When alcohol and drugs are part of the equation, err on the side of caution, and increase the level of communication. Make sure consent is extra clear. If there’s any question, ask. If the answer isn’t clear and enthusiastic, stop.
Someone must be able to give their consent freely and clearly, and if they can’t do that due to drugs or alcohol consumption, then it is not OK to make assumptions or coerce them into any kind of sexual encounter.
Here’s some more information about alcohol and consent.
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Is it OK for someone to change their mind once they’ve consented to sex?
It is absolutely totally 100 percent OK. People are allowed to change their minds at any point, for any reason, during a sexual encounter.
Even if you’re making out with someone naked, consent must be given to move on to another sexual activity. And if you don’t want to do anything more than a naked makeout session, that is totally fine. Consent is also reversible: If you initially consented to a sexual activity but start feeling uncomfortable, you get to say, “stop” or “I changed my mind” or “I’m feeling uncomfortable” and your partner must respect that.
Whether you’re having sex with your best friend, a random stranger, or spouse, you are allowed to put the brakes on it and say, “I’m not feeling it, let’s stop.” Consent applies to all sexual relationships, regardless of parameters, love, and labels.
Consent is all about checking in and making sure everyone involved is still feeling good about the sexual activity. As a Blue Seat Studios explained brilliantly in an illustrated video that went viral back in 2015, “If you can understand how completely ludicrous it is to force people to have tea when they don’t want tea, and you’re able to understand when people don’t want tea, then how hard is it to understand when it comes to sex?”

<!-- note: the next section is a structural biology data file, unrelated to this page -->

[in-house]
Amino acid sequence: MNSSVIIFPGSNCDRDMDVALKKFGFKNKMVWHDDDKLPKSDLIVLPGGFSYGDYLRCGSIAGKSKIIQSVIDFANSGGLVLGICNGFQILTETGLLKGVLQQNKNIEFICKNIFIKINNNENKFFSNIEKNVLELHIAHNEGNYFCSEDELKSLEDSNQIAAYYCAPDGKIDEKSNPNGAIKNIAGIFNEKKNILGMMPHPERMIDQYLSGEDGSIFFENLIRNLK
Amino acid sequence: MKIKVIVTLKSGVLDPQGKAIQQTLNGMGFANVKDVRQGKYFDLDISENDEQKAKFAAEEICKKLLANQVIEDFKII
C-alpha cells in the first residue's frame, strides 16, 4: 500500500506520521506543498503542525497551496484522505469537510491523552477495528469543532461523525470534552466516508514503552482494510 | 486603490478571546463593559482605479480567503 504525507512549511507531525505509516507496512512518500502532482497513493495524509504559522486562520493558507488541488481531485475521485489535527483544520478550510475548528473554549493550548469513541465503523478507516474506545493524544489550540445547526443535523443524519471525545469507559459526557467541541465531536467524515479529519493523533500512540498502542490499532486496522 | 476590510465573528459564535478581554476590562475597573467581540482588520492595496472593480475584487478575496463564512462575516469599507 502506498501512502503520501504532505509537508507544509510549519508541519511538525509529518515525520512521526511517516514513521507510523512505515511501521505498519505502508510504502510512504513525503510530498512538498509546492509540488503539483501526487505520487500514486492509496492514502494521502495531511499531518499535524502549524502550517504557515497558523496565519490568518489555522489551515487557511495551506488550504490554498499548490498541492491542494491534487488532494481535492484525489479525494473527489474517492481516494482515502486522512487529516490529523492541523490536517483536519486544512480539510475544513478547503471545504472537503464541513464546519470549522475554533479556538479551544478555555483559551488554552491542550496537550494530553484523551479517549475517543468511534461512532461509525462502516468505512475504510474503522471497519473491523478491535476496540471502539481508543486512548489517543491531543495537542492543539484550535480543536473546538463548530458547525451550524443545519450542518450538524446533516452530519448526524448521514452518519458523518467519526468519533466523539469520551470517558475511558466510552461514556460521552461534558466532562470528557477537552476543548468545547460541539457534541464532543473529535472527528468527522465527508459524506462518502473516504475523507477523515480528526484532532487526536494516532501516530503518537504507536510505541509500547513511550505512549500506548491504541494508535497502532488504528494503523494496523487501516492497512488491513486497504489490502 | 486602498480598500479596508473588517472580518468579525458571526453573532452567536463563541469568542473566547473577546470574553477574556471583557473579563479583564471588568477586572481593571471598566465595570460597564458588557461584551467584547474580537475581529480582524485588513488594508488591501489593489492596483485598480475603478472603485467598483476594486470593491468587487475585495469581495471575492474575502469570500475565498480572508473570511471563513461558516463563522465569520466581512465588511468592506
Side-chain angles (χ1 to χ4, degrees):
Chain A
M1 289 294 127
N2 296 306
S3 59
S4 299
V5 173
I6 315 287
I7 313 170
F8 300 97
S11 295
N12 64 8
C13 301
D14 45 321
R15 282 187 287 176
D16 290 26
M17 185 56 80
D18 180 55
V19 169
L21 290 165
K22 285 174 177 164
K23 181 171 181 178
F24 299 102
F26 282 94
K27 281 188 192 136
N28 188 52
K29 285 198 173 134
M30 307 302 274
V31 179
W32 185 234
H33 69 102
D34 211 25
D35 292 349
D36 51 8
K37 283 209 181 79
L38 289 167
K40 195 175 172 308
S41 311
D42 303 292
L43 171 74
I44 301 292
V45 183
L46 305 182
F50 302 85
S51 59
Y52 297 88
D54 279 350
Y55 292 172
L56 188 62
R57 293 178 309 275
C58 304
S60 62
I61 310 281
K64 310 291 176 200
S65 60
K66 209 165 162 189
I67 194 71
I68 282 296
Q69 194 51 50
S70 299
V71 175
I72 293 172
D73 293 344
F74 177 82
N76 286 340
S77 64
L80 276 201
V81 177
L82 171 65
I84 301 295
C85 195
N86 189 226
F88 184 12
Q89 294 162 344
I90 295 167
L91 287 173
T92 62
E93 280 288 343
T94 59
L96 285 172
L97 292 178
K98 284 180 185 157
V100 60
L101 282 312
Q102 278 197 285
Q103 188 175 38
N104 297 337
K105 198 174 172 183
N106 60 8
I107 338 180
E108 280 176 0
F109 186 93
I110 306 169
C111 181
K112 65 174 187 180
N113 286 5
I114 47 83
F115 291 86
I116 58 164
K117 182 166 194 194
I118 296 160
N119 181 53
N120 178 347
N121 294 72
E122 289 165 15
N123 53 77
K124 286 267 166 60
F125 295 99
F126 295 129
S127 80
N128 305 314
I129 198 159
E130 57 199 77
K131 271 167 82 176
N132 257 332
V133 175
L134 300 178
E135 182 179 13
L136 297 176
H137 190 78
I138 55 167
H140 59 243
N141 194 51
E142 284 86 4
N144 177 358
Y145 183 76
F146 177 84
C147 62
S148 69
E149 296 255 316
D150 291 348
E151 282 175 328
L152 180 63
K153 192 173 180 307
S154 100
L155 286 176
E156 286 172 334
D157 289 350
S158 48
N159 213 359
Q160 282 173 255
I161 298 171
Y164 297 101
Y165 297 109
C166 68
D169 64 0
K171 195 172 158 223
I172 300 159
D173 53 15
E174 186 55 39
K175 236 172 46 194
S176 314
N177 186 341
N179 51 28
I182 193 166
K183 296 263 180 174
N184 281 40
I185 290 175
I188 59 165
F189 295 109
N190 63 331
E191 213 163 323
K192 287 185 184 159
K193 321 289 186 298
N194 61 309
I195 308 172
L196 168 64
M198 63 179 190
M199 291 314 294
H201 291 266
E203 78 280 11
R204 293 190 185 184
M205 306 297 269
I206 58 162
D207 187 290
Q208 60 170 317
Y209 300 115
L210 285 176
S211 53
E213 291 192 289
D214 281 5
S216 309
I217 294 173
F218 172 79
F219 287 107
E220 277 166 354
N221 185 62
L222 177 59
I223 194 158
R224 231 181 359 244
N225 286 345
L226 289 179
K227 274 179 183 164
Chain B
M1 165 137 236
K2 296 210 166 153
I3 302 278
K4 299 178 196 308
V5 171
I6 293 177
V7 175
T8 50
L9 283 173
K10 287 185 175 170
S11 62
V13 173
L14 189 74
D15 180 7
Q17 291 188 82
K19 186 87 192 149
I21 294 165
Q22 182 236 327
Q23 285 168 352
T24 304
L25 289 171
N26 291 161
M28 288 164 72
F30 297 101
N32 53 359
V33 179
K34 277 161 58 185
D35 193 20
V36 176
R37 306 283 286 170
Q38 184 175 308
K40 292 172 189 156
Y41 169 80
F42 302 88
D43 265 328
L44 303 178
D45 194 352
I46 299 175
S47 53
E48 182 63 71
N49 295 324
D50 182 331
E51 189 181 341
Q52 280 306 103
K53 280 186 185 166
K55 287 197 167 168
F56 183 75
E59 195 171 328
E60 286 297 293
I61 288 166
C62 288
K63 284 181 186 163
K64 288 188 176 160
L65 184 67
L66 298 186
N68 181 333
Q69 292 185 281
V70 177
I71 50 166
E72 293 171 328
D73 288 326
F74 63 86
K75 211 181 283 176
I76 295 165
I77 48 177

Does consent kill the mood?
Consent often gets played up as a super complicated, totally unsexy legal negotiation. If consent required a pause during foreplay to draw up a contract and call in a notary, then, yes, it might ruin the mood.
Luckily, consent doesn’t require all that. It’s really just an enthusiastic “Yes.”
Consent is about clearly communicating. And you know what makes sex really great? Clear communication. Playing a guessing game about what your partner wants or likes is a surefire way to have really bad sex. Communicating with your partner about wants, desires, and sensations in the moment will improve your sexual experience and ensure consent from both parties.
Consent can be a very natural part of a sexual encounter. Asking, “Is this OK?” at different stages of sexual activity, checking in with your partner to see if they’re feeling good, and asking what they want to do next are tips that are just as likely to appear in a “How to Have Good Sex” article as a “How to Get and Give Consent” article. The two are not mutually exclusive. In fact, they’re complementary.
The bottom line: If both parties are communicating openly and respecting each other’s desires, consent isn’t complicated at all.
If you are a victim of sexual assault or want more information on sexual assault, contact the Rape, Abuse & Incest National Network at 1-800-656-HOPE (4673).
Editor’s note: This article is regularly updated for relevance.
Winona Dimeo-Ediger was a Daily Dot contributor whose work focused on healthcare, race, and sexuality. Her byline has also appeared in Rolling Stone, NPR, the TED Blog, and Ravishly.